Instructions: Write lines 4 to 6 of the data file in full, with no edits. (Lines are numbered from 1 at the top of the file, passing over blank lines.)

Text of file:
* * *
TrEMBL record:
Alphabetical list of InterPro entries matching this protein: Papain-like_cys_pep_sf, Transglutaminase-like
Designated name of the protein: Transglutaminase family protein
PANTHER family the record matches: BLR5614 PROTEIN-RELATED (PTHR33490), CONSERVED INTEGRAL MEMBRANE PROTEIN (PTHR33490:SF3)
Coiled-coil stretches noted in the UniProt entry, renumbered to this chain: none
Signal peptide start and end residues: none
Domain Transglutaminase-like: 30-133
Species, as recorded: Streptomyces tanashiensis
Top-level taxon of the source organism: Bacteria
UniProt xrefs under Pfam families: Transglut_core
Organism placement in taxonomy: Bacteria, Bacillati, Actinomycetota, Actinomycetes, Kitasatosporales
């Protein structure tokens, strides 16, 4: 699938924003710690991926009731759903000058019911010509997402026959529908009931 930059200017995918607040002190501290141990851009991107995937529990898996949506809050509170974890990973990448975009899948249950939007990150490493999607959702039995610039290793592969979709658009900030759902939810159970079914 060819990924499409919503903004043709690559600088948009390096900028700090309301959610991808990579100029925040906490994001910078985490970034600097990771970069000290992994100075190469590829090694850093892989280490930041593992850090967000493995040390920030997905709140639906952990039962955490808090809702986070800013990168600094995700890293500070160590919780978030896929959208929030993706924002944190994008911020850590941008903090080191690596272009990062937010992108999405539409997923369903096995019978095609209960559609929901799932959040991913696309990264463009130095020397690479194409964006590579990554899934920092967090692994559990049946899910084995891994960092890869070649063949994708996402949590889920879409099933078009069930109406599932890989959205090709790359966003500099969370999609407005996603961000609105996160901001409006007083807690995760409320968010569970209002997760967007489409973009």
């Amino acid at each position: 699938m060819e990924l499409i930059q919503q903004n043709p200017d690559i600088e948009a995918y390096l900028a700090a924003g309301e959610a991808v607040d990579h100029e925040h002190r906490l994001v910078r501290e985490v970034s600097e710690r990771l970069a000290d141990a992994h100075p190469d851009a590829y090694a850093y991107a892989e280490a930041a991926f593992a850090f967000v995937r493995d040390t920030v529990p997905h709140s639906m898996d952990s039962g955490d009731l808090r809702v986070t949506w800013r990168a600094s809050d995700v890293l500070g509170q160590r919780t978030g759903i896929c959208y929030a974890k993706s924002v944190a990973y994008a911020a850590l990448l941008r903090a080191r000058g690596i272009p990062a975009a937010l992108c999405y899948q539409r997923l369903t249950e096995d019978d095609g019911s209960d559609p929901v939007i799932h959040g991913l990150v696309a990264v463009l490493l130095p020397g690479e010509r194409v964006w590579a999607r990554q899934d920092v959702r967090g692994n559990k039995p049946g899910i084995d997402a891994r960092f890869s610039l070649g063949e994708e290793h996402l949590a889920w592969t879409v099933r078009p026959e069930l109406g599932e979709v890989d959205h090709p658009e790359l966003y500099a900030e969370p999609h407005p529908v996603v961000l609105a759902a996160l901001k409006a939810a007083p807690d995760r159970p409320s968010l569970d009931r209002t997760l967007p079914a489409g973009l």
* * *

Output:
PANTHER family the record matches: BLR5614 PROTEIN-RELATED (PTHR33490), CONSERVED INTEGRAL MEMBRANE PROTEIN (PTHR33490:SF3)
Coiled-coil stretches noted in the UniProt entry, renumbered to this chain: none
Signal peptide start and end residues: none